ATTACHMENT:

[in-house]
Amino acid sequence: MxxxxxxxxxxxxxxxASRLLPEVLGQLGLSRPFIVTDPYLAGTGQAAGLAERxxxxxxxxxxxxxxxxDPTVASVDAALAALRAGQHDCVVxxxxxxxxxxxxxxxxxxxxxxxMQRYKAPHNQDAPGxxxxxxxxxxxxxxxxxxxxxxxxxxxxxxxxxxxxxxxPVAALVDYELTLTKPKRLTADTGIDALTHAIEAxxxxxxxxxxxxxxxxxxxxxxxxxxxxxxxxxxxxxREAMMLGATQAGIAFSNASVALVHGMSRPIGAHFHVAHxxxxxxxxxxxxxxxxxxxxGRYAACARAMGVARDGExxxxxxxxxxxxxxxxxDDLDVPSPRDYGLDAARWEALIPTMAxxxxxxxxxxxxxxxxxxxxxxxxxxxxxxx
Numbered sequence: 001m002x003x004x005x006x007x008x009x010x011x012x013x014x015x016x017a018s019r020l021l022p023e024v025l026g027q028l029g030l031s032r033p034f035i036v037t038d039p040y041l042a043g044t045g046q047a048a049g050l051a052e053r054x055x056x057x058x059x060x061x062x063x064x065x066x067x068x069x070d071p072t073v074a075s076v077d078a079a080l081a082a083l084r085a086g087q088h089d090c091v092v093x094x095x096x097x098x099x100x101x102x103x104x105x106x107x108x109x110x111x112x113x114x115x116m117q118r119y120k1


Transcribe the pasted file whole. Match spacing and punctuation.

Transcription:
[in-house]
Amino acid sequence: MxxxxxxxxxxxxxxxASRLLPEVLGQLGLSRPFIVTDPYLAGTGQAAGLAERxxxxxxxxxxxxxxxxDPTVASVDAALAALRAGQHDCVVxxxxxxxxxxxxxxxxxxxxxxxMQRYKAPHNQDAPGxxxxxxxxxxxxxxxxxxxxxxxxxxxxxxxxxxxxxxxPVAALVDYELTLTKPKRLTADTGIDALTHAIEAxxxxxxxxxxxxxxxxxxxxxxxxxxxxxxxxxxxxxREAMMLGATQAGIAFSNASVALVHGMSRPIGAHFHVAHxxxxxxxxxxxxxxxxxxxxGRYAACARAMGVARDGExxxxxxxxxxxxxxxxxDDLDVPSPRDYGLDAARWEALIPTMAxxxxxxxxxxxxxxxxxxxxxxxxxxxxxxx
Numbered sequence: 001m002x003x004x005x006x007x008x009x010x011x012x013x014x015x016x017a018s019r020l021l022p023e024v025l026g027q028l029g030l031s032r033p034f035i036v037t038d039p040y041l042a043g044t045g046q047a048a049g050l051a052e053r054x055x056x057x058x059x060x061x062x063x064x065x066x067x068x069x070d071p072t073v074a075s076v077d078a079a080l081a082a083l084r085a086g087q088h089d090c091v092v093x094x095x096x097x098x099x100x101x102x103x104x105x106x107x108x109x110x111x112x113x114x115x116m117q118r119y120k1